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In the juvenile stage, the European eel (Anguilla anguilla) still has a transparent skin – hence the name “glass eel”. Photo: European Eel Foundation

A natural navigational system guiding eels towards Europe

June 21, 2017,

European eels (Anguilla anguilla)  take three years to migrate from the spawning grounds in the Sargasso Sea (east of Florida) to the coasts of Europe, where they grow to maturity. En route, they are guided by subtle local differences in the Earth’s magnetic field. This was shown by Eawag scientists, together with colleagues from the US and UK, in experiments involving juvenile eels. The animals were exposed to various magnetic fields typical of locations along their migratory route, and their orientation responses were observed. This swimming direction data was then fed into simulations using an ocean circulation model. It was found that eel larvae have a “magnetic map”, which guides them first towards the Gulf Stream (southwest of the Sargasso Sea). This natural navigation system then aids them in swimming in a northeastward direction. The simulations showed that “oriented swimming” increased the number of eels entering the Gulf Stream by around 50 per cent on average, compared with passive drift – the mechanism previously assumed to be responsible for larval transport. According to the researchers, sensitivity to magnetic map information could also explain why the American eel (Anguilla rostrata) does not follow the Gulf Stream like its European cousin, but migrates northwards along the east coast of North America, although both species spawn in the Sargasso Sea.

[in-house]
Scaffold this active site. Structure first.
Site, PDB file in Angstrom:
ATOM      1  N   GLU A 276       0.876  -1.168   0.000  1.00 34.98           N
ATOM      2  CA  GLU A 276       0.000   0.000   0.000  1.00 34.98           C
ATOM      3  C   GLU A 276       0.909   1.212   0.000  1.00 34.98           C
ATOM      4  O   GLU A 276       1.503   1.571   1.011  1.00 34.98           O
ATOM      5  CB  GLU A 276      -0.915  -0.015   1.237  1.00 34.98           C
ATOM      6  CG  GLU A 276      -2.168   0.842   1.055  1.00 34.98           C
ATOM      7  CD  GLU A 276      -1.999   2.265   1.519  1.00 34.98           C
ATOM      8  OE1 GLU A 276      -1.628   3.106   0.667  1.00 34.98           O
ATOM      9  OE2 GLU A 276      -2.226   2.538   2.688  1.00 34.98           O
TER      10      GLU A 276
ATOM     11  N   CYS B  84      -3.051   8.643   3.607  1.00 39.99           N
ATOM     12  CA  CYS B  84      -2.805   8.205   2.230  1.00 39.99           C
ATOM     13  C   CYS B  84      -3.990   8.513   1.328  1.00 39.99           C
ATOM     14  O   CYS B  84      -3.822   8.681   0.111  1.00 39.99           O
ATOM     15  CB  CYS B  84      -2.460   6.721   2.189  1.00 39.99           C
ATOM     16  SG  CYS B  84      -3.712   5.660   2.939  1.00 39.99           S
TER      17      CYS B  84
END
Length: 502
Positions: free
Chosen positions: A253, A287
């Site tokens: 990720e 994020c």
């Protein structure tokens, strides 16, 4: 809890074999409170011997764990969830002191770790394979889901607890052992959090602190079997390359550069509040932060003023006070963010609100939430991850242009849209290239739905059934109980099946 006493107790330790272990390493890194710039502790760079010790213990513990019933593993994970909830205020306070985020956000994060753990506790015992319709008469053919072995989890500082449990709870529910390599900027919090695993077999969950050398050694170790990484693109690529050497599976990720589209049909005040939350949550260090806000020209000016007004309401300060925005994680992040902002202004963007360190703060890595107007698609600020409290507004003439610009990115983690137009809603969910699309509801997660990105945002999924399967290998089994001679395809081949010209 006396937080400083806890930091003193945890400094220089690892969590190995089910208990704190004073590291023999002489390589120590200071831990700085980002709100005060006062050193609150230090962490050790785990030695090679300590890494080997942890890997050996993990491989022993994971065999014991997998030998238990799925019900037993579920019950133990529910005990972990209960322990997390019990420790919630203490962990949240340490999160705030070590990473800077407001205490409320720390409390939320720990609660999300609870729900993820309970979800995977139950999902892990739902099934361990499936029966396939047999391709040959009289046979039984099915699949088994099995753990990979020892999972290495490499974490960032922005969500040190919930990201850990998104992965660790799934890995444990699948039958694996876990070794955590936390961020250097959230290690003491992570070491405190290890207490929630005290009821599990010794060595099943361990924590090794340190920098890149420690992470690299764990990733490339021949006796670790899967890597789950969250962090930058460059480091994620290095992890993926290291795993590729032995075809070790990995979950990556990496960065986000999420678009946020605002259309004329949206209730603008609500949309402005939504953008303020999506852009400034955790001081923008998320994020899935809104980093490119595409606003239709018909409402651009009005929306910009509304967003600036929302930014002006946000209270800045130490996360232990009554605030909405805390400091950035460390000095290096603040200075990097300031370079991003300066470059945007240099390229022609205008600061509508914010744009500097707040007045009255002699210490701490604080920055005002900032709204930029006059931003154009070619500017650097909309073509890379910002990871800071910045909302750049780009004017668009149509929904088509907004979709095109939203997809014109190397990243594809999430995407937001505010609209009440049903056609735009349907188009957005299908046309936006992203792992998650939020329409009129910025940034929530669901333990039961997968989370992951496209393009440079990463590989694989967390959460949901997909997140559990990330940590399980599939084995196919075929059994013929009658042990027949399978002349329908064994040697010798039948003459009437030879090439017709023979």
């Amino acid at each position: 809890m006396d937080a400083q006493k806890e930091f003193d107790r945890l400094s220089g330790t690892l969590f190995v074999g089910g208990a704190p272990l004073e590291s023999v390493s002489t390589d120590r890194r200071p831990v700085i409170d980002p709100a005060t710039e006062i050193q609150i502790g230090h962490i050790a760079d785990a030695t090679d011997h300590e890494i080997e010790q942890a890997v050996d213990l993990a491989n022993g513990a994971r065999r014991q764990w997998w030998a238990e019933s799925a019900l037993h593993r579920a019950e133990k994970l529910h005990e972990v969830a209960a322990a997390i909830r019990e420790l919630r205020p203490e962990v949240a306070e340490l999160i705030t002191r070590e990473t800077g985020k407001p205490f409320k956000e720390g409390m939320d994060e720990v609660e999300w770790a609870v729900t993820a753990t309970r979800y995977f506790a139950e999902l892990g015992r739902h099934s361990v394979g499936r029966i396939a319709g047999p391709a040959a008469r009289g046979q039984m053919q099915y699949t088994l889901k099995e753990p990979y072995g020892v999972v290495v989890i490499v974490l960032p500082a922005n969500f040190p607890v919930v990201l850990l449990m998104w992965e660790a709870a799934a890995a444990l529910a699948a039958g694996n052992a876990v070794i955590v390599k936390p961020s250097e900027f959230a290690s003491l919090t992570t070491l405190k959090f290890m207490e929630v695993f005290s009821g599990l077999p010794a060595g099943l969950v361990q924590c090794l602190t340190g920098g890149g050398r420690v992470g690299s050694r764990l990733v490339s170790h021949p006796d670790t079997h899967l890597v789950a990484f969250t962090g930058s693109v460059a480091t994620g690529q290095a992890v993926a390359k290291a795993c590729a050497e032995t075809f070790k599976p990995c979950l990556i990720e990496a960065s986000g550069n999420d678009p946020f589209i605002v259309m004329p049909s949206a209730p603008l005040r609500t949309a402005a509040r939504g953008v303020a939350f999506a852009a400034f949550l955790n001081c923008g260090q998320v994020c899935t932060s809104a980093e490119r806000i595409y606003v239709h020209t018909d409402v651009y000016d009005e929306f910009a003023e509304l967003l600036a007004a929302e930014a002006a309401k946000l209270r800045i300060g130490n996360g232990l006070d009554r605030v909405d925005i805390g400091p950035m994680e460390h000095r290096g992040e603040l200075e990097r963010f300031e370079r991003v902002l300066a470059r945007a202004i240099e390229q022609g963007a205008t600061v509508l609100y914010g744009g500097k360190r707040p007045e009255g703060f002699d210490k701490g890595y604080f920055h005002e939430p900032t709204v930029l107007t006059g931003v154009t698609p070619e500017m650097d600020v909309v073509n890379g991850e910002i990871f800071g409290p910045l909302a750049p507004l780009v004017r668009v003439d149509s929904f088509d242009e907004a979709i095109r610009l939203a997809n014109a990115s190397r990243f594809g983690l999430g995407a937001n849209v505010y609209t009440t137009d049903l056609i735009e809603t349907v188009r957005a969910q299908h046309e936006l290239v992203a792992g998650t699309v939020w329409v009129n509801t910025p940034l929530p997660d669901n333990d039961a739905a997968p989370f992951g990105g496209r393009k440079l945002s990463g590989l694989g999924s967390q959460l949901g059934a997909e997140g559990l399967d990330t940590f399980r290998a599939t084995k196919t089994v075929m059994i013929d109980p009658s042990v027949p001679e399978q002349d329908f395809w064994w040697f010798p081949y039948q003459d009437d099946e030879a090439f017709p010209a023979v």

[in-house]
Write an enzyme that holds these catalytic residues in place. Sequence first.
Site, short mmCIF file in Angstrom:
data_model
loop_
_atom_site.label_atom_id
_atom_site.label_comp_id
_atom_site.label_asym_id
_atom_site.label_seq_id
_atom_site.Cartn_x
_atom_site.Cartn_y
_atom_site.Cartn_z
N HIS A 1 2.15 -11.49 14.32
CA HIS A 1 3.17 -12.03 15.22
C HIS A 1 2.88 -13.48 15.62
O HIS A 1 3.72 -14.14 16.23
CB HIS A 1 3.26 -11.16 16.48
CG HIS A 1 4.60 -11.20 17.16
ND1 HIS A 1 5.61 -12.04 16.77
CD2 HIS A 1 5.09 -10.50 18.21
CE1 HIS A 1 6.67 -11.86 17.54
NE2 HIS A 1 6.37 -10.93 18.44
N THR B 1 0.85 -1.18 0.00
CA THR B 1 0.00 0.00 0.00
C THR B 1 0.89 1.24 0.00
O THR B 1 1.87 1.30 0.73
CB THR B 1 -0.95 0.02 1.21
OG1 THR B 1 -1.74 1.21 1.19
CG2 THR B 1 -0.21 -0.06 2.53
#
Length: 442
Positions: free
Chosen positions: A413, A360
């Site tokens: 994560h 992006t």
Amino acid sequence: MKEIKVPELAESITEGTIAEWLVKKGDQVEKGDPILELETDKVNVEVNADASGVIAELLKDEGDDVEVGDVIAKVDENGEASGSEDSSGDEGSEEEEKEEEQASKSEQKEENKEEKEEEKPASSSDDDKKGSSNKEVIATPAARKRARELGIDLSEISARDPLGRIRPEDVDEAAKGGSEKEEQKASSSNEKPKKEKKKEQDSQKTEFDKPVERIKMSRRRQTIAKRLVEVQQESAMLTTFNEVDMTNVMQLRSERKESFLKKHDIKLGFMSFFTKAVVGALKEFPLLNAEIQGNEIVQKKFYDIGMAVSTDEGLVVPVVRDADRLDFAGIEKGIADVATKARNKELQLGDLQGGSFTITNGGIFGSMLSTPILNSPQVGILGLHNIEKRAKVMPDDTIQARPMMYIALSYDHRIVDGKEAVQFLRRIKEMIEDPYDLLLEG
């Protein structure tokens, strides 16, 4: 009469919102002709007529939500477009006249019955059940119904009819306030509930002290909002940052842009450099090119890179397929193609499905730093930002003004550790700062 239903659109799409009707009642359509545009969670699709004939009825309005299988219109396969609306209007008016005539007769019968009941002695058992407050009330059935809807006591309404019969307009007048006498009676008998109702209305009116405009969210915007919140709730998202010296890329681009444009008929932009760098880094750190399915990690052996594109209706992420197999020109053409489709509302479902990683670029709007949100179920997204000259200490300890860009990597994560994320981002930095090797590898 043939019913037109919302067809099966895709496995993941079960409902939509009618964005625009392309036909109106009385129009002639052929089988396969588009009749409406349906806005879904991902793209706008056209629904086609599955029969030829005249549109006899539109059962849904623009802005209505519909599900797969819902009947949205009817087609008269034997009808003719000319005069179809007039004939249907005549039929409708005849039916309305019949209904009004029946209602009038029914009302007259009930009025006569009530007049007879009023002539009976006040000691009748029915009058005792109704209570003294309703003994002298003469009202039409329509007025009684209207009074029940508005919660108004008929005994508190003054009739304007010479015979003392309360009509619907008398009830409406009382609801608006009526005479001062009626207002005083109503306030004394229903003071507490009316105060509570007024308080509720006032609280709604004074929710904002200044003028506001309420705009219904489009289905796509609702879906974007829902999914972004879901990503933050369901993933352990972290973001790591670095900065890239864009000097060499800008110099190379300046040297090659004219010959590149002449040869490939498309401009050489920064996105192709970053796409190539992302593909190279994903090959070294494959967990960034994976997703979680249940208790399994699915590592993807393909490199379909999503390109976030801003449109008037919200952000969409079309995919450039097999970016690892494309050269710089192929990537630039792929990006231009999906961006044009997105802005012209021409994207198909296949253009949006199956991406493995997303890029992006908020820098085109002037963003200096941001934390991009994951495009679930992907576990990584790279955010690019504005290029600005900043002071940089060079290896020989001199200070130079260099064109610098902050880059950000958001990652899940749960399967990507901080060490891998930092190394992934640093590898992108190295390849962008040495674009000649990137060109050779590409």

The magnetic fields created for the experiments determine which outer section of the tank juvenile eels swim into. Source: Lewis Naisbett-Jones

Created by Andres Jordi